How to Normalize Rejection

Article Image
Photo Source: Photo by Michael Afonso on Unsplash

It was my birthday. (Insert birthday wishes here.) I was celebrating right next door to the prestigious Steppenwolf Theatre. I’ve previously written about how much this theater means to me so between the location, the good company, and the delicious appetizers, it was the perfect set up for a good night out.

To top things off, I ran into several other acting friends and peers, one of which had not long ago been on Steppenwolf’s MainStage. I was particularly excited to see him because I had recently auditioned for the School at Steppenwolf using a scene from his play and I couldn’t wait to tell him about it.

What was more interesting to learn was that he too had attended the School at Steppenwolf many years ago. And despite my knowing him as “the guy who has worked at Steppenwolf,” he actually got rejected on his first try. In fact, it took him six years before he was finally accepted.

“Wait, what?! You’re telling me this talented individual wasn’t born on the Steppenwolf MainStage where he was immediately given a scholarship to attend the School at Steppenwolf on a day of his choosing, plus guaranteed access to a MainStage production upon graduation?!”

READ: Your Artistic Struggle Doesn’t Have to Suck

I’m still waiting for news of my audition results. However, I never considered how upset a rejection email might have made me prior to hearing this news from my friend. Hearing stories of rejection and adversity from peers that I look up to is inspiring. Not because I like hearing they had setbacks but because they end up okay. It makes me feel more “normal” to know that my rejection isn’t something to be worried about.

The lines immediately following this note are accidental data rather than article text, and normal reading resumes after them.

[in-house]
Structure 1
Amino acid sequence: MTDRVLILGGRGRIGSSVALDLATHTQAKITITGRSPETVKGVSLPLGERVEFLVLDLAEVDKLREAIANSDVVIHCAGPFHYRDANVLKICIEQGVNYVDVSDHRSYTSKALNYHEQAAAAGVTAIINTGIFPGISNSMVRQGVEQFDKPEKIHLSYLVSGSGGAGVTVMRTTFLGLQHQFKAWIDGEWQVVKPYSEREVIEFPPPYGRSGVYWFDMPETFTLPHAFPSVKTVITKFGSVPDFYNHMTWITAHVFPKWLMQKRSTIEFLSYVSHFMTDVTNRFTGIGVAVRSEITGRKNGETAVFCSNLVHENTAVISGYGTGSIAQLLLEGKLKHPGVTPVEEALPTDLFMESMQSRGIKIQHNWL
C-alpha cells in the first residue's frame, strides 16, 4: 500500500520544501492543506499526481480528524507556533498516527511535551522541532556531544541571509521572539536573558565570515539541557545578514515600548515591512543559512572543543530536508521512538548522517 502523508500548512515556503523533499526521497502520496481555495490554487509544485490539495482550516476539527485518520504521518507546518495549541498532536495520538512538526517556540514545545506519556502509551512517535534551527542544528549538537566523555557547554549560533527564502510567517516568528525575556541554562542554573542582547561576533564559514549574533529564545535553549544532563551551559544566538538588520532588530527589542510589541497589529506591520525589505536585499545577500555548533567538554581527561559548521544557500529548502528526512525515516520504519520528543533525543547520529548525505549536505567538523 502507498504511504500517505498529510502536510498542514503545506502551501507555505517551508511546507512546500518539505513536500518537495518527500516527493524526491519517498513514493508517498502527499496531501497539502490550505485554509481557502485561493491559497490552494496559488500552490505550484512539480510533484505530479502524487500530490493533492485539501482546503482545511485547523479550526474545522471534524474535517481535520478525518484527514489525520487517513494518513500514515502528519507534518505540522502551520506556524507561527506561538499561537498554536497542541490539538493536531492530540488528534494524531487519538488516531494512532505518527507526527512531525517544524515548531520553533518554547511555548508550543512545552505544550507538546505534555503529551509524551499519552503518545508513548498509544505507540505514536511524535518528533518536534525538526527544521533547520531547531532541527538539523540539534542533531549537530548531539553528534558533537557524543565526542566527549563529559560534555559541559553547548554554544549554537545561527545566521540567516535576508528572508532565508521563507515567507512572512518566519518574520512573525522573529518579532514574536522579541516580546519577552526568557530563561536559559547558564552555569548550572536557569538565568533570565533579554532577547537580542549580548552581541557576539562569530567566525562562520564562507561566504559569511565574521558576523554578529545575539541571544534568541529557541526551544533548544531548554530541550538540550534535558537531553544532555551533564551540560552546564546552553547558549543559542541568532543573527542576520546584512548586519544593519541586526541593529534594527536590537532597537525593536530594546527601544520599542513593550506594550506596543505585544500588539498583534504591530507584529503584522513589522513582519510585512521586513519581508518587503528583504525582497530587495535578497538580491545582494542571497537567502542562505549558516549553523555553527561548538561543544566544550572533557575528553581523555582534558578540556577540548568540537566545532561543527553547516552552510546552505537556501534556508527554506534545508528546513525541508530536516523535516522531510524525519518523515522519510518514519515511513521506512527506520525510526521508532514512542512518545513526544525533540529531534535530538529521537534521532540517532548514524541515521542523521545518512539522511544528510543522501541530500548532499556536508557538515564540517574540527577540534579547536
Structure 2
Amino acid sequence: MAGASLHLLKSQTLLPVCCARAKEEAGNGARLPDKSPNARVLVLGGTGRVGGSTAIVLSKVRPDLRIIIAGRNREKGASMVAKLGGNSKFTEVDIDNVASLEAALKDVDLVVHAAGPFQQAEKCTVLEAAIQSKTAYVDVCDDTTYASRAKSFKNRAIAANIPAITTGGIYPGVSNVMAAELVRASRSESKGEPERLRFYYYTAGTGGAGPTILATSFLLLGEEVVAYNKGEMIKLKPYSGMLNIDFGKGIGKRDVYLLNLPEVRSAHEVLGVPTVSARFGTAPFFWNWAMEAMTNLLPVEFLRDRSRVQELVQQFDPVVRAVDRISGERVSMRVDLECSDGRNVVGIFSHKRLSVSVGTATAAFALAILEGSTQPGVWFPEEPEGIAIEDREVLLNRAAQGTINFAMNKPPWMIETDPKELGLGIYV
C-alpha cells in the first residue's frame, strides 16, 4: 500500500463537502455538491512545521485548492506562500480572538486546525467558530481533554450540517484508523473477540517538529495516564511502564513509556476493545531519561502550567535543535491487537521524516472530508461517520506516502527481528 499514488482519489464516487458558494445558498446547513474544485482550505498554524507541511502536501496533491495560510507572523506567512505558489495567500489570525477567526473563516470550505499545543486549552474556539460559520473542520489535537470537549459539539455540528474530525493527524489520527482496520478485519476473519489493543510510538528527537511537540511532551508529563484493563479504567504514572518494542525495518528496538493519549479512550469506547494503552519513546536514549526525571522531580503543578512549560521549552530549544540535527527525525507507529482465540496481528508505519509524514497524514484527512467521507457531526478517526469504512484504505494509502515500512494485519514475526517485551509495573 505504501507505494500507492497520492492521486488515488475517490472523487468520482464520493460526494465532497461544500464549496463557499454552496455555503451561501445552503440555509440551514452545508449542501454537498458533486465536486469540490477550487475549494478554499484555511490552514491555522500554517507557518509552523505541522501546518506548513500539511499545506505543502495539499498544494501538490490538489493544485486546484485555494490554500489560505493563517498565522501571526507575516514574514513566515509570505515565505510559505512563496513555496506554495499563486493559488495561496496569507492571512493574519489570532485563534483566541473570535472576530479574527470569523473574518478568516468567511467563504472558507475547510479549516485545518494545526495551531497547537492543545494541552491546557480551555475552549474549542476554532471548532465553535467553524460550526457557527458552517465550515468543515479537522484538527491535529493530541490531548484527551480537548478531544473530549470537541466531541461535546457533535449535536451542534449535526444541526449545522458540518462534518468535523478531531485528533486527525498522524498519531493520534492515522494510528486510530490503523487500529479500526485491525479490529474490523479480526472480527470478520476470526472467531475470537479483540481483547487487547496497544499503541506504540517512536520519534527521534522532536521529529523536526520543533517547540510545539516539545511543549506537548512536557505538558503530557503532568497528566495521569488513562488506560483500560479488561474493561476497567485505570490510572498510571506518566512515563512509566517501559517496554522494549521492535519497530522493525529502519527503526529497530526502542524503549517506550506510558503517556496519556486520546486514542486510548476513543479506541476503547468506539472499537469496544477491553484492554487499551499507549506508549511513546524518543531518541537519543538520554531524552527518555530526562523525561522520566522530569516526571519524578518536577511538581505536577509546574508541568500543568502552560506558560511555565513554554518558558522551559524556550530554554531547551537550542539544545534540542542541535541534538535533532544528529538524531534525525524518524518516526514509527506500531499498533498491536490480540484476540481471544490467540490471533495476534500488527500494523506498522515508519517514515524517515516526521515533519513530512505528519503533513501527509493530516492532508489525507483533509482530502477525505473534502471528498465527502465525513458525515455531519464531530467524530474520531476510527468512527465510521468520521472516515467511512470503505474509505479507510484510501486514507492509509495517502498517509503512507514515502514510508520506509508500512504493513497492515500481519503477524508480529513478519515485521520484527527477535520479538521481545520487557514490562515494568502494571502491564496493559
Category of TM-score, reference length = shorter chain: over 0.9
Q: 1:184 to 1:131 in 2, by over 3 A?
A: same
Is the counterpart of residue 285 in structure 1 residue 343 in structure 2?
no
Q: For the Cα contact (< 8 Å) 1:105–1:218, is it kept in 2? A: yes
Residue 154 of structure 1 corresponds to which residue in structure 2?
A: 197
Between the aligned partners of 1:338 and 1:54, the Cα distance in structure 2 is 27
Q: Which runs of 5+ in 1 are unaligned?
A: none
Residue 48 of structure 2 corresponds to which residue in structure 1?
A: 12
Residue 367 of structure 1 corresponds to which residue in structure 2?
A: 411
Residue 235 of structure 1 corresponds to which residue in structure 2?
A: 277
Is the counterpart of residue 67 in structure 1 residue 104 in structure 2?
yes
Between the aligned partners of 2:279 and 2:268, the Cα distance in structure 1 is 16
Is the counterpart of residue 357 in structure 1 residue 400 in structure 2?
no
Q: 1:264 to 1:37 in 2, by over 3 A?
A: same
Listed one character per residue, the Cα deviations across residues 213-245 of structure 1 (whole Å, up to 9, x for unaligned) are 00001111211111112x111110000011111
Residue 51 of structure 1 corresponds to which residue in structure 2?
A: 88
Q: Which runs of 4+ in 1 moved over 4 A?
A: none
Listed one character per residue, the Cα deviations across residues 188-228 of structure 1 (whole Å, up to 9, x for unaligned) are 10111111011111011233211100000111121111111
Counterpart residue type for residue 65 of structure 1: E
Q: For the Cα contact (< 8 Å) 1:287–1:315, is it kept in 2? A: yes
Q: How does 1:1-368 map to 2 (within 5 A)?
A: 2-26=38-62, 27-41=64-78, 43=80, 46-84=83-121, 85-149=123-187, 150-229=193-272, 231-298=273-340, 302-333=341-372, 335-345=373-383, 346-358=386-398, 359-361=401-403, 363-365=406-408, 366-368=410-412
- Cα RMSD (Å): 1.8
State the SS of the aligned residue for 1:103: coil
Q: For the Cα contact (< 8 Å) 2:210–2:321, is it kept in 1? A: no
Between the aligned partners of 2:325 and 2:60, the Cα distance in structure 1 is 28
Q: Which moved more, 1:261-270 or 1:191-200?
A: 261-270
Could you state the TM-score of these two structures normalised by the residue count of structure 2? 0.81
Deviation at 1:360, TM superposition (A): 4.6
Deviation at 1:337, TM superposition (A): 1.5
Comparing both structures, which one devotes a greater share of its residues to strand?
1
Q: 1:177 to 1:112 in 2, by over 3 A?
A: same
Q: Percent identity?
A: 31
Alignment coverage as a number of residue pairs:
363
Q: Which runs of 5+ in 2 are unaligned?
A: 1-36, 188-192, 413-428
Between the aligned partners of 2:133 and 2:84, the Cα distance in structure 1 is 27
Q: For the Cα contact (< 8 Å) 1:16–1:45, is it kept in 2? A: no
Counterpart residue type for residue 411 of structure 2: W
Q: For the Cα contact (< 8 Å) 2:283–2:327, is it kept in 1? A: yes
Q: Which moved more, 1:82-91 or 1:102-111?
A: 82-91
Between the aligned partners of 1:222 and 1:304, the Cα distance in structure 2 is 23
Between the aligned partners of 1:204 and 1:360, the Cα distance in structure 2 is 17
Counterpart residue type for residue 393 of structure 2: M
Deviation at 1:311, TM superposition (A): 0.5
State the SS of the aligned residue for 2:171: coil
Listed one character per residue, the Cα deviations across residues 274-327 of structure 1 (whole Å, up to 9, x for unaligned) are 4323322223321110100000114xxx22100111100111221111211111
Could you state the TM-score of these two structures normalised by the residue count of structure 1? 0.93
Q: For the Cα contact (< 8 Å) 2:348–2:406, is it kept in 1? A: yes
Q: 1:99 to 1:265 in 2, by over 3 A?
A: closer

For some reason, us actors like to beat ourselves up when we get rejected. We think there’s something wrong with us. We come up with all the things we did wrong in the audition. Then we go into scenarios about how we’re always going to be failures and working day jobs we hate. But the truth is, it’s just part of the journey. And it’s perfectly normal.

The next time you’re rejected from one of your dream projects, consider the number of others who are currently crushing it who went through the same thing. Better yet, if you can get access to them (while still being a normal person), get in touch and see if you can chat. I bet you’ll be surprised to hear how much adversity they struggled with prior to those big wins that you keep seeing.

Stay positive. Stay normal.

Tony Rossi is an actor working out of Chicago with a strong interest in personal development. As he continues to build his resume, he loves helping his peers recognize their self-worth regardless of where they are in their careers. Follow his positive thoughts, inspirational videos, and #notperfect moments on Twitter and Instagram.

Get all of your acting questions answered by peers and experts on the Backstage Community forums!

The views expressed in this article are solely that of the individual(s) providing them,
and do not necessarily reflect the opinions of Backstage or its staff.

Author Headshot
Tony Rossi
Tony is a Chicago based actor, having performed both in the Chicago and Boston markets. His training includes the Second City Conservatory and the Business of Coaching and Speaking certification program. After hitting his rock bottom while waiting tables, Tony now coaches actors to see things differently with the things that make them stressed so they can focus on what matters. Check out the Actor Problems podcast, dedicated to the mental well being of actors.
See full bio and articles here!